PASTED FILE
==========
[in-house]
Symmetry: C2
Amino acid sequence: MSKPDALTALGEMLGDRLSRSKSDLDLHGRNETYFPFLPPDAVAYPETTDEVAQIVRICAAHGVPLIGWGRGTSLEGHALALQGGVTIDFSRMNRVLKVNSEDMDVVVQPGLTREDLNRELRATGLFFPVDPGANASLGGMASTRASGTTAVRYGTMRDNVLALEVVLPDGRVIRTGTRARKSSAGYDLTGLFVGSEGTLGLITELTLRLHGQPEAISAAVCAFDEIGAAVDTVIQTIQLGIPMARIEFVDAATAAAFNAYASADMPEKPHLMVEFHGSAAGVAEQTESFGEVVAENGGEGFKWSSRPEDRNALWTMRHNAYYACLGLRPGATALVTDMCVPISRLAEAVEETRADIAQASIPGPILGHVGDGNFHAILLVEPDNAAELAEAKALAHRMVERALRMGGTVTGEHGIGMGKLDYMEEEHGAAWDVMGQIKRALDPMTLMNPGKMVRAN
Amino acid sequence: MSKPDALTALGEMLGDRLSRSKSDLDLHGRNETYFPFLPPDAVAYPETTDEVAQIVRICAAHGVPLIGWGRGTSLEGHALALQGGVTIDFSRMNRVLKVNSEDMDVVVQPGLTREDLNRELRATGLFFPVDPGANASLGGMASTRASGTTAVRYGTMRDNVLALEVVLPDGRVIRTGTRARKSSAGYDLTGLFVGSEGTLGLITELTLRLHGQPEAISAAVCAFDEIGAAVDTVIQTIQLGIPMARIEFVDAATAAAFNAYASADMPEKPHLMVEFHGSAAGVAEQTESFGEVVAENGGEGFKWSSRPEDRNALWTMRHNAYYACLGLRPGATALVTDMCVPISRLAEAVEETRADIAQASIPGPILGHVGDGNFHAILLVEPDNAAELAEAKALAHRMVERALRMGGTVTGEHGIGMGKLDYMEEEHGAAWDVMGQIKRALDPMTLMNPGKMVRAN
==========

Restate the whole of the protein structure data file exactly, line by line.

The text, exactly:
[in-house]
Symmetry: C2
Amino acid sequence: MSKPDALTALGEMLGDRLSRSKSDLDLHGRNETYFPFLPPDAVAYPETTDEVAQIVRICAAHGVPLIGWGRGTSLEGHALALQGGVTIDFSRMNRVLKVNSEDMDVVVQPGLTREDLNRELRATGLFFPVDPGANASLGGMASTRASGTTAVRYGTMRDNVLALEVVLPDGRVIRTGTRARKSSAGYDLTGLFVGSEGTLGLITELTLRLHGQPEAISAAVCAFDEIGAAVDTVIQTIQLGIPMARIEFVDAATAAAFNAYASADMPEKPHLMVEFHGSAAGVAEQTESFGEVVAENGGEGFKWSSRPEDRNALWTMRHNAYYACLGLRPGATALVTDMCVPISRLAEAVEETRADIAQASIPGPILGHVGDGNFHAILLVEPDNAAELAEAKALAHRMVERALRMGGTVTGEHGIGMGKLDYMEEEHGAAWDVMGQIKRALDPMTLMNPGKMVRAN
Amino acid sequence: MSKPDALTALGEMLGDRLSRSKSDLDLHGRNETYFPFLPPDAVAYPETTDEVAQIVRICAAHGVPLIGWGRGTSLEGHALALQGGVTIDFSRMNRVLKVNSEDMDVVVQPGLTREDLNRELRATGLFFPVDPGANASLGGMASTRASGTTAVRYGTMRDNVLALEVVLPDGRVIRTGTRARKSSAGYDLTGLFVGSEGTLGLITELTLRLHGQPEAISAAVCAFDEIGAAVDTVIQTIQLGIPMARIEFVDAATAAAFNAYASADMPEKPHLMVEFHGSAAGVAEQTESFGEVVAENGGEGFKWSSRPEDRNALWTMRHNAYYACLGLRPGATALVTDMCVPISRLAEAVEETRADIAQASIPGPILGHVGDGNFHAILLVEPDNAAELAEAKALAHRMVERALRMGGTVTGEHGIGMGKLDYMEEEHGAAWDVMGQIKRALDPMTLMNPGKMVRAN